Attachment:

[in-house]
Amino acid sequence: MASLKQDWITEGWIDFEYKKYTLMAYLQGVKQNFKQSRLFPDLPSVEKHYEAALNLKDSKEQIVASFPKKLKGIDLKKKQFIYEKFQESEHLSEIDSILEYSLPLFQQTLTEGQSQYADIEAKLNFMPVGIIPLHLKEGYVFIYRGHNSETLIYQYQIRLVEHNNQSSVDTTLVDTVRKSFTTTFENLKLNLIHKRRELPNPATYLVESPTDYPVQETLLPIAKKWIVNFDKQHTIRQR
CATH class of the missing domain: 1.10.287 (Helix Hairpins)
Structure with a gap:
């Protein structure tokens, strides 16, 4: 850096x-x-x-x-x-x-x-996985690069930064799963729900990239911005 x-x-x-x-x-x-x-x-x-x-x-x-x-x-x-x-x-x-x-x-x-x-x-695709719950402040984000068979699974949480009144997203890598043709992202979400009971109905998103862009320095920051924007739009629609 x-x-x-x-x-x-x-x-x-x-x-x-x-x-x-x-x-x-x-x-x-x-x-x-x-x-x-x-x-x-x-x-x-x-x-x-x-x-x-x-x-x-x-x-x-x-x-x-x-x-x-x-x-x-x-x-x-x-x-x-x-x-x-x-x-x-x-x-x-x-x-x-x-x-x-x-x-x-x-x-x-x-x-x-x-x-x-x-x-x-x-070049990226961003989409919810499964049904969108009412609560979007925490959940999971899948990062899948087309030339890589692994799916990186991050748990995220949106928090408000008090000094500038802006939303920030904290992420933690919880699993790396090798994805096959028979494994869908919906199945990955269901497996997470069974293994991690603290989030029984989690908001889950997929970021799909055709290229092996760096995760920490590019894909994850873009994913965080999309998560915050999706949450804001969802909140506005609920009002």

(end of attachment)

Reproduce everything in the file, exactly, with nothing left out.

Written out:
[in-house]
Amino acid sequence: MASLKQDWITEGWIDFEYKKYTLMAYLQGVKQNFKQSRLFPDLPSVEKHYEAALNLKDSKEQIVASFPKKLKGIDLKKKQFIYEKFQESEHLSEIDSILEYSLPLFQQTLTEGQSQYADIEAKLNFMPVGIIPLHLKEGYVFIYRGHNSETLIYQYQIRLVEHNNQSSVDTTLVDTVRKSFTTTFENLKLNLIHKRRELPNPATYLVESPTDYPVQETLLPIAKKWIVNFDKQHTIRQR
CATH class of the missing domain: 1.10.287 (Helix Hairpins)
Structure with a gap:
């Protein structure tokens, strides 16, 4: 850096x-x-x-x-x-x-x-996985690069930064799963729900990239911005 x-x-x-x-x-x-x-x-x-x-x-x-x-x-x-x-x-x-x-x-x-x-x-695709719950402040984000068979699974949480009144997203890598043709992202979400009971109905998103862009320095920051924007739009629609 x-x-x-x-x-x-x-x-x-x-x-x-x-x-x-x-x-x-x-x-x-x-x-x-x-x-x-x-x-x-x-x-x-x-x-x-x-x-x-x-x-x-x-x-x-x-x-x-x-x-x-x-x-x-x-x-x-x-x-x-x-x-x-x-x-x-x-x-x-x-x-x-x-x-x-x-x-x-x-x-x-x-x-x-x-x-x-x-x-x-x-070049990226961003989409919810499964049904969108009412609560979007925490959940999971899948990062899948087309030339890589692994799916990186991050748990995220949106928090408000008090000094500038802006939303920030904290992420933690919880699993790396090798994805096959028979494994869908919906199945990955269901497996997470069974293994991690603290989030029984989690908001889950997929970021799909055709290229092996760096995760920490590019894909994850873009994913965080999309998560915050999706949450804001969802909140506005609920009002």